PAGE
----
AUSTRALIA’S 623,400 or so Catholics who normally attended Sunday Mass before the COVID-19 lockdown are being studied as part of a research project exploring the psychological impact of church closures.
Philippa Martyr, a Perth Catholic undergoing a graduate diploma in Psychology at Monash University in Western Australia, is studying the effect that the nationwide dispensation of Sunday obligation and ongoing Mass restrictions has had on the fewer than 10 per cent of Catholics who go to Mass.
Ms Martyr said the research project was prompted by her own personal experience during the first-wave lockdown between March 23 and early June.
“I’m a Sunday and usually a few weekdays kind of Mass-goer, so lockdown absolutely gutted me,” she said.
“But because the way lockdown was managed in Western Australia, because I live in Perth, in the Archdiocese of Perth, so I was able to use live-stream Masses, I watched the Channel 7 telecast at Easter, and I used live-stream adoration, but I also found individual priests who would hear my confession, individually, from a respectful distance, so no germs.”
While attempting to change some of her spiritual habits, Ms Martyr noticed a discrepancy in what certain priests could and could not do sacramentally during the lockdown in her home archdiocese of Perth.
“I was also watching the blowback on Facebook and social media and reading articles about how Catholics were managing, or not managing, as the case was, and some of them were really angry, in other parts of Australia and overseas and it was such an interesting and diverse picture,” Ms Martyr said.
As a former medical historian who has worked in the history of healthcare and sociology of health and illness, Ms Martyr has found her “perfect storm”, a chance to study the psychological impact the global pandemic has had on practicing Catholics in Australia, or just over 623,000 people.
“That’s a nice group to study, that’s a nice population, it’s clearly defined, and there’s not a lot known about them in terms of psychology and spirituality, that interface between the two,” she said.
“Particularly the loss of being able to go to church because that’s so fundamental, and we know church going has mental health benefits.
“So you take that away, what’s going to happen?
“We don’t know, that’s what I’m trying to find out in this study.”
Ms Martyr is now collecting data for her honours project focusing on health psychology through an online survey.
The survey is open to all Catholic Australians – including clergy and religious – over the age of 18.
“Everybody is welcome, you just have to be a practicing Catholic, over 18 and able to read English,” Ms Martyr said.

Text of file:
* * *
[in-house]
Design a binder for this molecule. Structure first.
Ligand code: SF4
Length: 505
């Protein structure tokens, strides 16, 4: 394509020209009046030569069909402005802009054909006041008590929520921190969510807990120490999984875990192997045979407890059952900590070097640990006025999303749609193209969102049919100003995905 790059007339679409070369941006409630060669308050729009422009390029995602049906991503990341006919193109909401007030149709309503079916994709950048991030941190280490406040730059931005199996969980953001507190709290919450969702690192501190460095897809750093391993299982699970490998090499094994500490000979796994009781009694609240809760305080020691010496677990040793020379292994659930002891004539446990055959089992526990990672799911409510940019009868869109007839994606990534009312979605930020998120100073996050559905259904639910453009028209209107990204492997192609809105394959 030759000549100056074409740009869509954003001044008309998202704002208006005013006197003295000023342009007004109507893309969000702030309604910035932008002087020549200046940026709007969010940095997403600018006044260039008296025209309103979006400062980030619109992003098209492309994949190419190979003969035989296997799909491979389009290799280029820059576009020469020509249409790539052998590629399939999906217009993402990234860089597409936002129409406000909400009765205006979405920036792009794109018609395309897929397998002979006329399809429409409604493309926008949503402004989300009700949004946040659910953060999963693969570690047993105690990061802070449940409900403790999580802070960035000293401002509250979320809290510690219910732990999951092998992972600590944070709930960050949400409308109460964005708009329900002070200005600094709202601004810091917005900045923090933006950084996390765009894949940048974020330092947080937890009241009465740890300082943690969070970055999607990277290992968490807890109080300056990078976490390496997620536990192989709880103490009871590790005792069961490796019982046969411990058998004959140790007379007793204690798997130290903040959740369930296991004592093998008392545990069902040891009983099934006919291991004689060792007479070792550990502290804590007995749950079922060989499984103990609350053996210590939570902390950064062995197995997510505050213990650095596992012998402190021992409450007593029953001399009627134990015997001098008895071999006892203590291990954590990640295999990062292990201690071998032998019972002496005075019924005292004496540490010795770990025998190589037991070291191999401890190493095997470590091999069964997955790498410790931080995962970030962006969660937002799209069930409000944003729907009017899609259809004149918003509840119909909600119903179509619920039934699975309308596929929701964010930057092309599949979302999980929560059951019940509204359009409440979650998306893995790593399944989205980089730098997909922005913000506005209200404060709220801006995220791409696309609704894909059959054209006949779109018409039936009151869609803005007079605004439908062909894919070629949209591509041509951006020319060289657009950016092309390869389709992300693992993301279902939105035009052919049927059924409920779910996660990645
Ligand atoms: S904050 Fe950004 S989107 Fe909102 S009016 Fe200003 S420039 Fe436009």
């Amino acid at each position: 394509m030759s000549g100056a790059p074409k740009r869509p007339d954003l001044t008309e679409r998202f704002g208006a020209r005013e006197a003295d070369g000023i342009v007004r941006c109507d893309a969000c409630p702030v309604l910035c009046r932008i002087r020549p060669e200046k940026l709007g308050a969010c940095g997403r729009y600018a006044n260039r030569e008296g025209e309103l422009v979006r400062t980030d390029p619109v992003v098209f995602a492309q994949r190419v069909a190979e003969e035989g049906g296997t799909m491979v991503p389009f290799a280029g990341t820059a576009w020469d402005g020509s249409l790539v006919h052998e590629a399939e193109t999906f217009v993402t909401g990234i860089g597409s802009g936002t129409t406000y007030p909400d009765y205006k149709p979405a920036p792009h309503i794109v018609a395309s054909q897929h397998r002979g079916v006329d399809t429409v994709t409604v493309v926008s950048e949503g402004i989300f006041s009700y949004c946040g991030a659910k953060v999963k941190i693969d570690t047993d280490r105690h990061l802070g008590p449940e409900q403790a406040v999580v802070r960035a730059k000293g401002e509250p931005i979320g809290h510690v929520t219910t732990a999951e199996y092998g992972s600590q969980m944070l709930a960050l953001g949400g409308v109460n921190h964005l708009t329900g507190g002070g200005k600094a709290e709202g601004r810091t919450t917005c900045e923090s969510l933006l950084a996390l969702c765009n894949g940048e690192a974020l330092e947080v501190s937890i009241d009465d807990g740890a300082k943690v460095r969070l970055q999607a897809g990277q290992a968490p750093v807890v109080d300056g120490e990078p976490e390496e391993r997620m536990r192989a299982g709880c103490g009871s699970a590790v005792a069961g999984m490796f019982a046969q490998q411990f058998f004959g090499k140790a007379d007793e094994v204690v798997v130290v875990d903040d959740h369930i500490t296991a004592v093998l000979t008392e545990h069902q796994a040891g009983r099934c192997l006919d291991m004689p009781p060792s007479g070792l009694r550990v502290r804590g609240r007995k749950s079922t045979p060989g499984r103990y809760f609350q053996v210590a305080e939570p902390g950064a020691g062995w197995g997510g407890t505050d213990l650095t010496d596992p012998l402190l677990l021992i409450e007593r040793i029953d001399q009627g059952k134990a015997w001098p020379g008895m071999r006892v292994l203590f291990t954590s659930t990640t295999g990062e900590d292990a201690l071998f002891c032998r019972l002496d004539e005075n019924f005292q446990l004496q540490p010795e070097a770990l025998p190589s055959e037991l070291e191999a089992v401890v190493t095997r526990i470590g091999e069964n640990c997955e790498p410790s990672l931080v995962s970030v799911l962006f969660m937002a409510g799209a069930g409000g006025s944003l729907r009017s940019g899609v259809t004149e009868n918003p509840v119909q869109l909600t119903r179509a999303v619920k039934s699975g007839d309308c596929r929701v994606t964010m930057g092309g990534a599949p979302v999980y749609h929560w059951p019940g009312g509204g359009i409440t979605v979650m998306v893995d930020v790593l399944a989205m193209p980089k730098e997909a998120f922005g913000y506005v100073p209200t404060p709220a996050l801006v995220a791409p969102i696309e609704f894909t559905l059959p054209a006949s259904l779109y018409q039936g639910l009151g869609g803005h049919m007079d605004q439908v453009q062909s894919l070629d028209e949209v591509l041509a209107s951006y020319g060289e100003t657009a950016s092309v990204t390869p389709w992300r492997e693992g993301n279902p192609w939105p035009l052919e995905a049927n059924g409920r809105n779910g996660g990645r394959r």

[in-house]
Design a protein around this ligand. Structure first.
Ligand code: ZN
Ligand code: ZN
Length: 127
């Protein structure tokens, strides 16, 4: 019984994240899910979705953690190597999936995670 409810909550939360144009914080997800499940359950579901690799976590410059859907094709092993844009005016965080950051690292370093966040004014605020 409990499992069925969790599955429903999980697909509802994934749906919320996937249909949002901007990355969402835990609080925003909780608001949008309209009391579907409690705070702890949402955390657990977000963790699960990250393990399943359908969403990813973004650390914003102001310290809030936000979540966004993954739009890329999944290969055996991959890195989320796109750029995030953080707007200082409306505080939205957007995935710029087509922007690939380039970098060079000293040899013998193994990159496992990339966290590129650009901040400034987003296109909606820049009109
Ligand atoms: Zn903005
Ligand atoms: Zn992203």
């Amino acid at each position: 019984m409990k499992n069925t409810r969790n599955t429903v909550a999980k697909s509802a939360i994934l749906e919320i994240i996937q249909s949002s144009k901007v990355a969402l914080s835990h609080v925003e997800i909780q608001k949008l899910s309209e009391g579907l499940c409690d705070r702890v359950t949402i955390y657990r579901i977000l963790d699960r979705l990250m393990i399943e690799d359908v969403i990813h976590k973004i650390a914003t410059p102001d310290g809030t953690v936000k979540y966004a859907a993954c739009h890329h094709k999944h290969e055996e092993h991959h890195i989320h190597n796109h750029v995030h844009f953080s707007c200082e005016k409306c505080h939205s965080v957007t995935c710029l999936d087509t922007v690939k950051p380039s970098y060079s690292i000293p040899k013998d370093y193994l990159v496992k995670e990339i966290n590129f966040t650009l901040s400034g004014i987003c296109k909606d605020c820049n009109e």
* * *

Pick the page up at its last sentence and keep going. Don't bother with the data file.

Questions will revolve around how Catholics worshipped during the lockdown, and what could be done differently in a second or third wave.
All respondents will remain anonymous.
“I think it’s a really good opportunity to look at how Catholics, especially in terms of wellbeing, how are they doing, how are practicing Catholics doing when they’ve had the sacraments taken off them when we are a sacramental, Church-going kind of group,” Ms Martyr said.
“What kind of fallout is that going to have?”
Ms Martyr said some individual Bishops have already expressed an interest in the study’s results, which are timely given this year’s Australian Catholic Bishops Conference’s social justice statement focuses on mental health.
“ I think everybody is interested in what the post-COVID Church is going to look like,” Ms Martyr said.
“I think everybody wants to know – are people coming back to Mass?
“That’s a huge question for the bishops – is this going to make a real difference?
“Have we damaged the Mass-going profile or are we bouncing back?
“That’s what I’m going to try and find out.”
What is clear to Ms Martyr is that the virtual church is only temporary.
Quoting a 2002 document from the Pontifical Council for Social Communications, titled The Church and Internet, Ms Martyr said it was clear that “there’s no substitute for the real thing for Catholics”.
“We need to be with each other, personally we need that human connection, and we need to be gathering and doing hands on worship with the sacraments,” Ms Martyr said.
“We can’t do them virtually, you can’t go to confession over the internet and things like that.
“So we had to find a way where we can do sacraments and we can do hygiene, and that’s what we’re working on and I think that’s the way we’ll be going forward.”
To complete Ms Martyr’s survey, go to https://monash.az1.qualtrics.com/jfe/form/SV_43f3xmKUt1xa0S1.
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